Lockout holds back new era of Red Wings hockey

DETROIT - Henrik Zetterberg and Niklas Kronwall are prepared to carry the torch in Hockeytown, but thanks to the NHL lockout, the new era of leadership in Detroit must wait.

"I doesn't really matter what position the team is in. Things like this is a place you don't want to be in," Kronwall says of the stalemate between the owners and players.

For the past 27 seasons, the Red Wings have seen only two players wear the coveted "C" on their jersey.

Steve Yzerman and Nicklas Lidstrom are considered two of the best captains in the history of the game. Whenever the season begins, it will likely be Zetterberg next in that line of storied winged-wheel leaders.

"I think ever since Hank's been, even 17 or 18, when we started playing together, he's always been one of the leaders on the team," Kronwall says of Zetterberg.

Being a vocal leader is something Zetterberg has evolved into, and Kronwall attributes that to learning from osmosis.

"That's something that's gradually come over the past few years, seeing how Nick and Stevie handled themselves. I think that Hank learned a lot from that," Kronwall explains.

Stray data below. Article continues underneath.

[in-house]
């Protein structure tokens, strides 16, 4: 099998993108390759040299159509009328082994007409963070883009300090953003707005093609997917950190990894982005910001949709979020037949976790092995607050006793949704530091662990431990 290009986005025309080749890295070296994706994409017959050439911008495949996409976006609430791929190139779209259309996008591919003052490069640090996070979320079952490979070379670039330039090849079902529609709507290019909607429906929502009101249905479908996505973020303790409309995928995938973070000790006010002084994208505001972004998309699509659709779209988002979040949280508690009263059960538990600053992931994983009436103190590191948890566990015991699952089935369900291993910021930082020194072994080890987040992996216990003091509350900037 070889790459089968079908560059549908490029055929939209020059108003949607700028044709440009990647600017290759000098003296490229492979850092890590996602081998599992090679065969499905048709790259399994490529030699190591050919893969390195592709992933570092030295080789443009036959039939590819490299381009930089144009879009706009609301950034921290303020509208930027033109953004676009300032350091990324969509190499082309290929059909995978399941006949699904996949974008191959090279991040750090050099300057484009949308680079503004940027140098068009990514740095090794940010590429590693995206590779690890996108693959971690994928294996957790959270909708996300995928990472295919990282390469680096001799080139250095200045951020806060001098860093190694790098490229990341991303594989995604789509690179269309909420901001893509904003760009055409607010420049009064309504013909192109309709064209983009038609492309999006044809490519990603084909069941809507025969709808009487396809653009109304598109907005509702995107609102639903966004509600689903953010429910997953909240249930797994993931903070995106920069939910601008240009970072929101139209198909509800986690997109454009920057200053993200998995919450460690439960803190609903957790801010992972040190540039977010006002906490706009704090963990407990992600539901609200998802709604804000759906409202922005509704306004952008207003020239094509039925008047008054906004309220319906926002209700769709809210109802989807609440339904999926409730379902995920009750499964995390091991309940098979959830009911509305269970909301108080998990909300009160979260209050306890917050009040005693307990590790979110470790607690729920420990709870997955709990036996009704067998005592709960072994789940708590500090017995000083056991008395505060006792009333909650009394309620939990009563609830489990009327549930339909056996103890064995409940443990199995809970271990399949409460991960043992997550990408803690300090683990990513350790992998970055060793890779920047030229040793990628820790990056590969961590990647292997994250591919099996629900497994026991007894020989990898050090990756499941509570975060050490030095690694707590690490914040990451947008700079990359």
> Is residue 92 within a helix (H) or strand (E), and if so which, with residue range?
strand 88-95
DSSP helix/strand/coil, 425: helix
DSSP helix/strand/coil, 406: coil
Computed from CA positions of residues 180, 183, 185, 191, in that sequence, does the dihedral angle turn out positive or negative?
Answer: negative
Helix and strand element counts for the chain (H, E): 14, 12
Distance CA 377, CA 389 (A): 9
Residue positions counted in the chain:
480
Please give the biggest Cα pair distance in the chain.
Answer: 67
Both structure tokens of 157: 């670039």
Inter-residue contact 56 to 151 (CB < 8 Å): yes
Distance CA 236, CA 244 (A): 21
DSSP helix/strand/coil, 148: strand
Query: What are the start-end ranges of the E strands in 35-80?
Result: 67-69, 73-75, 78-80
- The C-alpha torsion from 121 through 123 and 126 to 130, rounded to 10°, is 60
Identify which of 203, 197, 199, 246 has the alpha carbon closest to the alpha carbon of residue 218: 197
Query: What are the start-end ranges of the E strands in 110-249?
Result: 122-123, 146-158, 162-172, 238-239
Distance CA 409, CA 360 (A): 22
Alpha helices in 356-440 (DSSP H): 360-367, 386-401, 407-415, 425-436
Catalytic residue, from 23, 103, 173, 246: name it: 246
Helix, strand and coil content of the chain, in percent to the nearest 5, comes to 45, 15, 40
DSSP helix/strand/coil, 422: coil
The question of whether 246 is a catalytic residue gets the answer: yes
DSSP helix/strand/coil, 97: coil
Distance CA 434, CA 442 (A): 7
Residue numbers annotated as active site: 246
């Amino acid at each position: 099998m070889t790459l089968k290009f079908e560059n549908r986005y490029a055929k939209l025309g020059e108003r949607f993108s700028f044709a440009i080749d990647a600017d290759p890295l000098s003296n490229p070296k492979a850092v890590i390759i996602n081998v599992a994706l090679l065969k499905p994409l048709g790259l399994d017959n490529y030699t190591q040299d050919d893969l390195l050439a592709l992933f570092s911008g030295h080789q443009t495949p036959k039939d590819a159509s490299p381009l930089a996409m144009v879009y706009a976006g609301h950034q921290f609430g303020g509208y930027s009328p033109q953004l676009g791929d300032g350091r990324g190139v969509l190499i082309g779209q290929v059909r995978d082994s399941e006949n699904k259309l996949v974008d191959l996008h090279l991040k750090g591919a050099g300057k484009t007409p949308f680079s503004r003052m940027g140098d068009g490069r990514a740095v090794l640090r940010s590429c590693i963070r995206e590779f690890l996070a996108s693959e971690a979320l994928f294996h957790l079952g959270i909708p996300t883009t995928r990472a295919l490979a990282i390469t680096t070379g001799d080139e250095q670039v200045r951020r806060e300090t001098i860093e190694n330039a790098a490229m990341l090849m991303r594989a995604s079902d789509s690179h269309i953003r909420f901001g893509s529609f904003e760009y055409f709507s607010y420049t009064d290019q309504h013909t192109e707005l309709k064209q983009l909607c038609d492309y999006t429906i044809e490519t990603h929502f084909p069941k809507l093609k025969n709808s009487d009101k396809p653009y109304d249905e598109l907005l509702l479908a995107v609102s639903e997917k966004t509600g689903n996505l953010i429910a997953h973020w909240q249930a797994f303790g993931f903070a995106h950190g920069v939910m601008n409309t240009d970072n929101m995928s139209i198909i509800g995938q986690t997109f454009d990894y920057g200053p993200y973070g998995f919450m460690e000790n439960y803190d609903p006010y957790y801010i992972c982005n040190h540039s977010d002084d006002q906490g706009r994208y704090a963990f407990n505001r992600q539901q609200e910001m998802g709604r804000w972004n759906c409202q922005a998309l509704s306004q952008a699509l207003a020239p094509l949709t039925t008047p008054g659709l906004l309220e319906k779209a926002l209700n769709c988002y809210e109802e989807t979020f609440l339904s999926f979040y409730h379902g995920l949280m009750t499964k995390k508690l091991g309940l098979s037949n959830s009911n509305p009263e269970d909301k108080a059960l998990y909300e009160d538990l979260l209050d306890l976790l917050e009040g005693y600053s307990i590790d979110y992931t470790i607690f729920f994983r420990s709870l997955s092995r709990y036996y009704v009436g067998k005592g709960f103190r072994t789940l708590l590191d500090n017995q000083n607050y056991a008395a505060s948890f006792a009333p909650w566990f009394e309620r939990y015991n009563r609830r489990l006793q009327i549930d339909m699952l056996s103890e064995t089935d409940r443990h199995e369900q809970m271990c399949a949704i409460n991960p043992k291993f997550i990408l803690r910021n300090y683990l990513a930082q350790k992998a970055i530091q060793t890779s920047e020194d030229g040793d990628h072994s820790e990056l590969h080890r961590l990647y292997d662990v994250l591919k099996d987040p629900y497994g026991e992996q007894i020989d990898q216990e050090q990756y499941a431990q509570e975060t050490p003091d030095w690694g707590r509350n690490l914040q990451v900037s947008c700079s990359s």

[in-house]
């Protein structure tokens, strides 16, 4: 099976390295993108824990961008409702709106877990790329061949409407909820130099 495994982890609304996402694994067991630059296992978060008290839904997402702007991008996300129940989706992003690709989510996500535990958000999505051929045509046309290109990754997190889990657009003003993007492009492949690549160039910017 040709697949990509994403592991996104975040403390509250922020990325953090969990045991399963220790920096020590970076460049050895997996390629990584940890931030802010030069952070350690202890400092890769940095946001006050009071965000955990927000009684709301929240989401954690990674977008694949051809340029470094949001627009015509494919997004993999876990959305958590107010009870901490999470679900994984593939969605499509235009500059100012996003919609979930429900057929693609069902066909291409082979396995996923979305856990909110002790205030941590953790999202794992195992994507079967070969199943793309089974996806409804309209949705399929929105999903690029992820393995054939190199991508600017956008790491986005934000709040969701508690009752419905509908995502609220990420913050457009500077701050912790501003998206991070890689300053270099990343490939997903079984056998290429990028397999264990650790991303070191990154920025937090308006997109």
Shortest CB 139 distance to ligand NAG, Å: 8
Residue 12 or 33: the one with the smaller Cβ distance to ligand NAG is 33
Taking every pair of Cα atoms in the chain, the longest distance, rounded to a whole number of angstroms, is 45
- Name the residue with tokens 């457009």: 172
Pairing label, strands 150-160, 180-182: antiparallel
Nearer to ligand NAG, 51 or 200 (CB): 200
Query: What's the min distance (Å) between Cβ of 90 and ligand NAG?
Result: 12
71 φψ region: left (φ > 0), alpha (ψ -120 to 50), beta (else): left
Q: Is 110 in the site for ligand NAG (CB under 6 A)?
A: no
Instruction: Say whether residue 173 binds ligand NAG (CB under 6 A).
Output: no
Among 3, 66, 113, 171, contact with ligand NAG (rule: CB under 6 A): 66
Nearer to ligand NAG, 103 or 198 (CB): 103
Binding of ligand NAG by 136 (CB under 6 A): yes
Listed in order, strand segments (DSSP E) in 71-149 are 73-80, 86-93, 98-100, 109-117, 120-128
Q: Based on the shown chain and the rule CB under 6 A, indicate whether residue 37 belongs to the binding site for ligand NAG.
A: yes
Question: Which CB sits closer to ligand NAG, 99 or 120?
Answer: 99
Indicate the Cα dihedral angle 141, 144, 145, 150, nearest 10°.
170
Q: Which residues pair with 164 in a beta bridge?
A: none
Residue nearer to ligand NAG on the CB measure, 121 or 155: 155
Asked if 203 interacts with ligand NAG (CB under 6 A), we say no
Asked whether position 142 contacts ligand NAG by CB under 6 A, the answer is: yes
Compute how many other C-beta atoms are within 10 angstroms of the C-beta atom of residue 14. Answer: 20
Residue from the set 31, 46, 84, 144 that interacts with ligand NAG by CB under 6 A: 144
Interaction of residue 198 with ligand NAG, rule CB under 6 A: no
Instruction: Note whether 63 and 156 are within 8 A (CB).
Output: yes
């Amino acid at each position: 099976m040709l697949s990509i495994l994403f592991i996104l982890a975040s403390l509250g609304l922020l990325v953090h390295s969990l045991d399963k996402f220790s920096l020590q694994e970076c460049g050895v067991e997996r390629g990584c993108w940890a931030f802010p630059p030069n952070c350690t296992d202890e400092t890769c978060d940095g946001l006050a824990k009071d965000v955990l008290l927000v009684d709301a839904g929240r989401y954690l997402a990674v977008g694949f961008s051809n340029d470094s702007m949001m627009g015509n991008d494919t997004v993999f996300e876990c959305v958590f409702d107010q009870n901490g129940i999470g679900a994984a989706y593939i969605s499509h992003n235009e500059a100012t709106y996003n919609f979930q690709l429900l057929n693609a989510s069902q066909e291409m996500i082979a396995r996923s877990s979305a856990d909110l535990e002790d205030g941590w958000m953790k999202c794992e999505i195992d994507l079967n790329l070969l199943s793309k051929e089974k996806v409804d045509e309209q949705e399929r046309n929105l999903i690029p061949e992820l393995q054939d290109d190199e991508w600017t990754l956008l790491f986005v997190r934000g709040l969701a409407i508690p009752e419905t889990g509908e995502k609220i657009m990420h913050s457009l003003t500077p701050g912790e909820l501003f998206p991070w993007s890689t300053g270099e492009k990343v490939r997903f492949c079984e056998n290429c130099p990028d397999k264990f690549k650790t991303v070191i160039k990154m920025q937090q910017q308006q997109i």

Kronwall and Zetterberg watched with the rest of us this summer, as prominent free agents spurned Detroit. It started with Zach Parise and Ryan Suter, and ended with Shane Doan.

As a result, the Red Wings will take a chance on young players in the upcoming season. Prospects will get a chance to fight for spots, as Ken Holland and the team's staff hope competition fuels success. The roster is notably younger, but veteran anchors remain.

Just years removed from being "the young guys" in the locker room, the pair of Swedes now look forward with their futures secure.

Zetterberg agreed to a 12-year contract three years ago that will keep him in Detroit until he is 40, and Kronwall signed a seven-year extension last fall.

"The last few years, the people in the stands, it's just crazy. The state of Michigan really breathes hockey," Kronwall says.

Zetterberg echoed what fellow Swedish players have said before him: Detroit reminds him of his homeland. Thus, he's choosing to stay in Detroit during the lockout.

"It might be tough if this drags on for a bit, to not be on the ice. Hopefully we can solve this problem and be back playing here," he says.

Brad Galli is a Sports Reporter for WXYZ Detroit. Follow Brad on Twitter @BradGalli .

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